Considering a Surrogate?

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For some couples struggling with fertility, it’s simply not possible for the two partners to carry a pregnancy to term. But, keep in mind, it’s pregnancy that’s not possible. Parenthood—the ultimate goal—is still very much a possibility.

That’s where considering a surrogate or gestational carrier comes in.

Surrogate versus Gestational Carrier: The Difference

Surrogacy may be a good option if you are not able to produce enough healthy eggs or if you have a medical condition that will not allow you to carry a pregnancy to term.

With a surrogate, a woman will pair one of her eggs with your husband’s sperm and carry the child throughout the pregnancy, the US Office on Women’s Health explains.

The baby will be biologically related to your husband and the surrogate, but you can declare parentage before the baby is born or adopt the baby afterwards, depending on the laws in your state.

With a gestational carrier, your egg and your husband’s sperm are joined together to create an embryo. But another woman carries that embryo in her uterus and delivers the baby at birth. You and your husband are biologically related to the child. The gestational carrier is not.

The decision to go down this particular treatment path may not be easy for a number of reasons—biological, emotional, financial and legal. As with any fertility treatment option, it’s important to do your research and really take time to consider what is best for you and your partner.

Six Questions to Help Guide the Decision-Making Process

Do you want to go with a known surrogate or gestational carrier, such as a family member, or do you want to go with person to whom you have no personal ties?

There are pros and cons to both options. You and your partner will need to decide which of these options you feel most comfortable with.

If you decide to go with a stranger contracted through an agency, be sure to ask for references you can contact first, suggests the National Infertility Association.

Regardless of which one you choose, the American Society of Reproductive Medicine recommends that both the surrogate and the parents have separate representation by lawyers with experience in this area.

Do you want your surrogate or gestational carrier to undergo genetic testing? What if a test comes back abnormal?

If you go with an unknown surrogate or gestational carrier, you may want to make sure that her medical history does not include conditions that could be passed on and potentially threaten the baby’s health.

You also want to be sure that if your child does develop a medical condition that you and your partner are emotionally and financially prepared for it.

What type of relationship do you and your partner want to have with the surrogate or gestational carrier during the pregnancy and throughout the child’s life?

There are all kinds of horror stories out there about surrogates popping up and suing for parental rights or child support. Whether they are true or not, this is something that you and your partner should determine with your surrogate or gestational carrier and your respective legal teams beforehand.

During the pregnancy you may want updates and ultrasound pics from your surrogate or gestational carrier—but is she okay with that? If the surrogate or gestational carrier wants updates on the baby after birth, are you okay with that or would it disrupt your family bond?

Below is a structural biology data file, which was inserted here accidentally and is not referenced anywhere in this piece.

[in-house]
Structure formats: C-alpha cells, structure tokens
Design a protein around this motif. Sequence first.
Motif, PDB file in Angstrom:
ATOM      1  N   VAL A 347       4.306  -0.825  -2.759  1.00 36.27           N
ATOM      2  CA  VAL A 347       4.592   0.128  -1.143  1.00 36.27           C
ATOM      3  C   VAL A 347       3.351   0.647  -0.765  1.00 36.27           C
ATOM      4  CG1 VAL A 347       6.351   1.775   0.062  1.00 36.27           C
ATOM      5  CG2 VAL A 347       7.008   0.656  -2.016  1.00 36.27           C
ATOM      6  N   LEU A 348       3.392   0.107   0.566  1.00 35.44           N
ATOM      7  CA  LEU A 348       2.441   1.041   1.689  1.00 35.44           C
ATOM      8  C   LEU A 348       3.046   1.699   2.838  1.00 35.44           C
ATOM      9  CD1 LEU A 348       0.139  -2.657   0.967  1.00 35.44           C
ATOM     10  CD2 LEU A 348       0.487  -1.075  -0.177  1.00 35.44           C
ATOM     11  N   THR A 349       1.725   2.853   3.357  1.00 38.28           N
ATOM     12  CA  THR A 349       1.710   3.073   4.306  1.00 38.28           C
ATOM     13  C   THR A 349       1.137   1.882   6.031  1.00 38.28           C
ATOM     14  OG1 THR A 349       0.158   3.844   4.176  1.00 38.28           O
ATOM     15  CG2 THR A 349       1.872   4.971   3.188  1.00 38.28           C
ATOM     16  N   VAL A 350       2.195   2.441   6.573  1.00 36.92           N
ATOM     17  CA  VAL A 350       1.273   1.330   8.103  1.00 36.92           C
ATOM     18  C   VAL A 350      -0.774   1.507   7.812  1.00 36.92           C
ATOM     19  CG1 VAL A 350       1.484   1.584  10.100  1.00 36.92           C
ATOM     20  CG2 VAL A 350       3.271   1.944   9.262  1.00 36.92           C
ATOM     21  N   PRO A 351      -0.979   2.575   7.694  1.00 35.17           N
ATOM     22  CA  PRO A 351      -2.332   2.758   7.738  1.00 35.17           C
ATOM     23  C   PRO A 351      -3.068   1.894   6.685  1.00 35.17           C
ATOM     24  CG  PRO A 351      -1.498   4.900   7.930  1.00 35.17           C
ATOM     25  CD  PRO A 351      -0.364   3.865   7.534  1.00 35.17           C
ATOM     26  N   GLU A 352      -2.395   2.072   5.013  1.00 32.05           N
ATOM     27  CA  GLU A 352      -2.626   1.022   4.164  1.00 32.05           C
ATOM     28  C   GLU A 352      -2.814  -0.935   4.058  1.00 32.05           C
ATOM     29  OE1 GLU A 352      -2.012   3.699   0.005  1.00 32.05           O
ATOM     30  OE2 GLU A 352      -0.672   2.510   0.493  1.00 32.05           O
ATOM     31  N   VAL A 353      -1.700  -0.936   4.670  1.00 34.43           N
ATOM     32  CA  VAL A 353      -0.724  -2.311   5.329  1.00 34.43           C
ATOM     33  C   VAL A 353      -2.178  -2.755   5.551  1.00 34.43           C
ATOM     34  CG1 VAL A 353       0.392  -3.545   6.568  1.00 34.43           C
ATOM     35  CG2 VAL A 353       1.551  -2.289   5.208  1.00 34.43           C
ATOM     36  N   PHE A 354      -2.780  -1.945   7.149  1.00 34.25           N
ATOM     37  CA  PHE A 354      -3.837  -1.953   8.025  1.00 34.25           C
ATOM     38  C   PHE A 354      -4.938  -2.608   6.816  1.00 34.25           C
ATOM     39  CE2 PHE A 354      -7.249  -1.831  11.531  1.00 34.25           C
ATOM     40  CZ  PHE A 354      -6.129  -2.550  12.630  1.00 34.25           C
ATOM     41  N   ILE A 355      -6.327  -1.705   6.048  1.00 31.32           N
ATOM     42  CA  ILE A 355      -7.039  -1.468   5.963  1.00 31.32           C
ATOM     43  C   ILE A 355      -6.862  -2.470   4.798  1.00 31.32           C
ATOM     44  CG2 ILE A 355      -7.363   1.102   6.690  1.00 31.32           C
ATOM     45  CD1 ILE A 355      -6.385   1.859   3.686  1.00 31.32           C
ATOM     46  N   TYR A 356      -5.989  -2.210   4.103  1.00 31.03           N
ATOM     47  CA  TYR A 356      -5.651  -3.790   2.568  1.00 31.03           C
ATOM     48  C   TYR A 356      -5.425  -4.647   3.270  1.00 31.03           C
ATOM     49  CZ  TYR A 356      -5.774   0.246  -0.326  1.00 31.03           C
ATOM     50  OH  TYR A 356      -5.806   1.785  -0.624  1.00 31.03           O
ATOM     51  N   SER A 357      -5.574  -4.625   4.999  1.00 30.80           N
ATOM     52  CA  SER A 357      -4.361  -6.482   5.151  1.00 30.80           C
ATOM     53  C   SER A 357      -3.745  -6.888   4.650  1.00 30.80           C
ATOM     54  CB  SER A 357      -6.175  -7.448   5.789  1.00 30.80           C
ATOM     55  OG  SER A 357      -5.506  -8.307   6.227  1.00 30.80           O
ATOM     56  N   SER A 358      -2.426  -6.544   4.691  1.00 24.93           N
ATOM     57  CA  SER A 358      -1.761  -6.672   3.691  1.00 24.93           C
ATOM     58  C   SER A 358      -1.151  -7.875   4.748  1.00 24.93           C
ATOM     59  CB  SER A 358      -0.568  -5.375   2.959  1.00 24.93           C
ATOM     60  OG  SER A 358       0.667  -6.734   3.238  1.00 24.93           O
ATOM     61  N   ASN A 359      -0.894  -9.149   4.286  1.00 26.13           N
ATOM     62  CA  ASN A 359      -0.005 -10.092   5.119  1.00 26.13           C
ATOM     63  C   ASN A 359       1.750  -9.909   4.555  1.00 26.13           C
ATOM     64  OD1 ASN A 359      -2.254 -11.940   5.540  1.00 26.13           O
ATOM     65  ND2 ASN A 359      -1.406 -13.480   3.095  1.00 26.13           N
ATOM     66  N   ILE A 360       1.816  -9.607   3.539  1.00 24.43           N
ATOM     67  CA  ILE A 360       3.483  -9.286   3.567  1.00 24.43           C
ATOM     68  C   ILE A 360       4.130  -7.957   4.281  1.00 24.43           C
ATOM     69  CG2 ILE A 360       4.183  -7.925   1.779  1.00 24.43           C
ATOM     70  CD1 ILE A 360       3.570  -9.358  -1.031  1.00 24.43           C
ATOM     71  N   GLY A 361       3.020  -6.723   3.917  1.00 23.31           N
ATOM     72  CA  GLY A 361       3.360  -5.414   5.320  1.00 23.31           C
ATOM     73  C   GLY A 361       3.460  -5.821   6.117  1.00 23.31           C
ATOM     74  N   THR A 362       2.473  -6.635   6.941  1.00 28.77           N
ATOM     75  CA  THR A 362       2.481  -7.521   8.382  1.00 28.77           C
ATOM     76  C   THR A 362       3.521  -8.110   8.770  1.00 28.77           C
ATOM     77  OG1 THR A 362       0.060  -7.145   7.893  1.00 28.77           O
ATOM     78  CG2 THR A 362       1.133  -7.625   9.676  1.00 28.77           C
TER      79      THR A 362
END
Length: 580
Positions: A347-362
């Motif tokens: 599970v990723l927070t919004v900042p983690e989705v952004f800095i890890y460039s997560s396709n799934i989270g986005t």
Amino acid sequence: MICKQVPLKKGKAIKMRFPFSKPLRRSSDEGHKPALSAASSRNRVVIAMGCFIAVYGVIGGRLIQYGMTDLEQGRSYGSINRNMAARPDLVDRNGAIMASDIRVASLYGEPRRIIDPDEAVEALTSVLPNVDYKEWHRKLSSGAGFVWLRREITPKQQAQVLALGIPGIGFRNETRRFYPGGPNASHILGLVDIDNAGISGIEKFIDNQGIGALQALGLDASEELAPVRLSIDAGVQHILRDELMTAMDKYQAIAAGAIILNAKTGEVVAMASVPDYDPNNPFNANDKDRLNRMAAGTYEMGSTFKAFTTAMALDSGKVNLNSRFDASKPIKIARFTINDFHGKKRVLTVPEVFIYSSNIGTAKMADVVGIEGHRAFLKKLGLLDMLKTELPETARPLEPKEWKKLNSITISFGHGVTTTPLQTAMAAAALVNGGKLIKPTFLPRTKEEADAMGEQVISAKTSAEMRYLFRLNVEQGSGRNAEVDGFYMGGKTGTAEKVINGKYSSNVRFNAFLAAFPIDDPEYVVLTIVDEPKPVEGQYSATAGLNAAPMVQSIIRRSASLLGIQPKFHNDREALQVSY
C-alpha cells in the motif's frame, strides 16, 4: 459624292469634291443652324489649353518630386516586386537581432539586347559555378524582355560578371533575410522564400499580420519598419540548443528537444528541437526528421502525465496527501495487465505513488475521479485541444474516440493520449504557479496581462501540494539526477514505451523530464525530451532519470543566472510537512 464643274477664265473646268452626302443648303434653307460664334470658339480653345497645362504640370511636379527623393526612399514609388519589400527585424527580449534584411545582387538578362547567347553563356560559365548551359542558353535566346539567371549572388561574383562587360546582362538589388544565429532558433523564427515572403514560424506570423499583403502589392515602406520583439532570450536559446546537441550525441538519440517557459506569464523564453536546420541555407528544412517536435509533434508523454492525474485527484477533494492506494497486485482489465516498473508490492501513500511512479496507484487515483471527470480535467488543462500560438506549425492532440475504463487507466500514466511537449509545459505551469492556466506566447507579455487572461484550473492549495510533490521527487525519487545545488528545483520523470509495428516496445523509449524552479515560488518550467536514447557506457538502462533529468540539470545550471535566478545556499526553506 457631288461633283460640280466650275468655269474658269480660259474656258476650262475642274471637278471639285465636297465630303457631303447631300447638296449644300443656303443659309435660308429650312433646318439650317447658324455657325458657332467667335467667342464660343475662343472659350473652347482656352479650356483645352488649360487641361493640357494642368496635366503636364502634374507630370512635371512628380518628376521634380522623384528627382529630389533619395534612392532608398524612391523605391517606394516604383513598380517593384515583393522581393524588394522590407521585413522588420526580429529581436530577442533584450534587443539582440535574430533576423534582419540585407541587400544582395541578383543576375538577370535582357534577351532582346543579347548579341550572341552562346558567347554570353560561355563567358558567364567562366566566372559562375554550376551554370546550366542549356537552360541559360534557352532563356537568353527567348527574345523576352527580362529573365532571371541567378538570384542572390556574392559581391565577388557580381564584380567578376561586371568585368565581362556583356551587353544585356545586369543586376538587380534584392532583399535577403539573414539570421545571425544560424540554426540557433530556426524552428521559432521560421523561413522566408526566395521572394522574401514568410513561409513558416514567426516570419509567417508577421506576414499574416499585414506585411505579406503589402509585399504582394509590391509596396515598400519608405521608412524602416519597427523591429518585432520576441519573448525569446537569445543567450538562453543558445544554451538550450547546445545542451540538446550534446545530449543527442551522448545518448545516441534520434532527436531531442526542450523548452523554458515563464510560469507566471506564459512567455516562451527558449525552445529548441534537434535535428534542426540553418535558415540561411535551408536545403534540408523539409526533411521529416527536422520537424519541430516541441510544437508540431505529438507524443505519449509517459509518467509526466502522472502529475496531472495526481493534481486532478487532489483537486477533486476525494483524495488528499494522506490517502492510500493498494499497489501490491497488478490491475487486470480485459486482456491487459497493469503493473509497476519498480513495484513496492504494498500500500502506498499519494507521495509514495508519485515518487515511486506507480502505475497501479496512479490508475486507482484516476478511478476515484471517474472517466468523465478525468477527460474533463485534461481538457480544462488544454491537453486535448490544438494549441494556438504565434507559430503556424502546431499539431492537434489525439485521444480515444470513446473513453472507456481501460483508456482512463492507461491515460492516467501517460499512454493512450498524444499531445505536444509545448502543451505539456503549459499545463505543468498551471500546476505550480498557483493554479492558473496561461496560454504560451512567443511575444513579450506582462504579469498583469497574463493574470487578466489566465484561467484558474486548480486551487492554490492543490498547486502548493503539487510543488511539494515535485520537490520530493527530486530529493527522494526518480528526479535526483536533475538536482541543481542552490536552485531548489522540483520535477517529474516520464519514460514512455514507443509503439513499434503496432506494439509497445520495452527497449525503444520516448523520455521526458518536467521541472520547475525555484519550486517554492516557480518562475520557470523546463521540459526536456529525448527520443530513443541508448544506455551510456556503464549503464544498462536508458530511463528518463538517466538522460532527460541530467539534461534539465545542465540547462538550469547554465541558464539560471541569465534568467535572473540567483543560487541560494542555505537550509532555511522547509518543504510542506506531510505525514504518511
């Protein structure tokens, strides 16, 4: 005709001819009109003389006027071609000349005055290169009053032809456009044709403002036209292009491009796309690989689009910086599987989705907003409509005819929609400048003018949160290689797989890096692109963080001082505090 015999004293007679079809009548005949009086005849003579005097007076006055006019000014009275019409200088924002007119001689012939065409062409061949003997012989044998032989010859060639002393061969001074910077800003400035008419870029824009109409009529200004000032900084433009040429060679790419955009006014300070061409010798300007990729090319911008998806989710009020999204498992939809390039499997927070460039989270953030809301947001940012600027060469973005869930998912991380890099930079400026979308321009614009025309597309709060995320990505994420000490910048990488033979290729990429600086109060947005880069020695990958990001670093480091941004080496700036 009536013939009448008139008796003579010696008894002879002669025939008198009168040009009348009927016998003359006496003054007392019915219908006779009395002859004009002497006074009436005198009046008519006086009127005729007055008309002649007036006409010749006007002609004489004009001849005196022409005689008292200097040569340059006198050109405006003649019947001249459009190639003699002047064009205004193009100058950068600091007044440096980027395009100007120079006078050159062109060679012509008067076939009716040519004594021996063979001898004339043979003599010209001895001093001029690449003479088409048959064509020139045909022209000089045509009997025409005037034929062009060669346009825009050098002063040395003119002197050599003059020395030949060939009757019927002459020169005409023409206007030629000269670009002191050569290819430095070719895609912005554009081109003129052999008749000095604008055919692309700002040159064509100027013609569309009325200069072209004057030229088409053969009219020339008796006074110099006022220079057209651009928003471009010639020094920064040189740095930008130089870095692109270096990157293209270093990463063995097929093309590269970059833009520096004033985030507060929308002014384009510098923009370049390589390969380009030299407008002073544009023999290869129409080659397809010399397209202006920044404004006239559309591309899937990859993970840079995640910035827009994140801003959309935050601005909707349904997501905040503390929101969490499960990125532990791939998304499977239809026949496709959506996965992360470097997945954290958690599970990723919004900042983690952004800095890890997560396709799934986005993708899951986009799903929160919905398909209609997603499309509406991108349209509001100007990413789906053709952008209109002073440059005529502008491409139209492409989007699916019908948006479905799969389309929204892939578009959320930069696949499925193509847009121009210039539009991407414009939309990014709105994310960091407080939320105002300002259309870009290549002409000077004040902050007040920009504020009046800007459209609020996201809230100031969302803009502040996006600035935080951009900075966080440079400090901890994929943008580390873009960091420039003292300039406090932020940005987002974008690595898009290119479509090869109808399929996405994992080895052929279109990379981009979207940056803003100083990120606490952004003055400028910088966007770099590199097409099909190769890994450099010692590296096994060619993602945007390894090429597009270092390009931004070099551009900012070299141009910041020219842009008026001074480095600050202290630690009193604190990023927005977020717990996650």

If you choose a surrogate, how will you respond if the child eventually wants to know her biological identity?

First, this involves deciding if you’ll even tell the child how he was conceived. This is especially important if you do not plan to continue a personal relationship with the surrogate after the pregnancy.

After all, the surrogate is biologically related to the child. And the child may grow up wanting to know who his or her biological mother is.

How do you plan to tell others about taking this step toward building your family, if you want to tell them at all?

It could be awkward if you and your partner show up to the next family reunion with a baby. Be ready for questions, confusion and maybe even judgment.

That’s why it’s important to decide who in your personal circle you’ll inform about this decision and how much information you’ll share. Because they will ask.

How much will the medical and legal costs come to?

As much as you may want to focus only on the emotional anticipation of becoming a parent, it’s important to spend time calculating the financial aspect of bringing your child into the world via surrogate or gestational carrier.

The ASRM suggests you agree upon the compensation for your surrogate or gestational carrier ahead of time.

Some of the Costs to You and your Partner

  • A general fee for the surrogate or the gestational carrier
  • The agency fee if you choose one
  • Medical screenings for pre-existing conditions
  • Prenatal care after the surrogate or gestational carrier becomes pregnant and gives birth
  • Compensation for the surrogate or gestational carrier’s time off work, particularly for bed rest and recovery from delivery
  • Living expenses for the pregnancy, such as extra food, maternity clothes, travel to and from doctor’s appointments, prenatal vitamins, etc.
  • Legal costs for the surrogate or gestational carrier to have her own legal representation

All expected costs should be outlined in writing before any fertility procedures begin, advises the ASRM.

The process of choosing whether you want to go with a gestational carrier or surrogate can be difficult. Experts at Penn Fertility Care can share additional questions to consider on your journey to parenthood.

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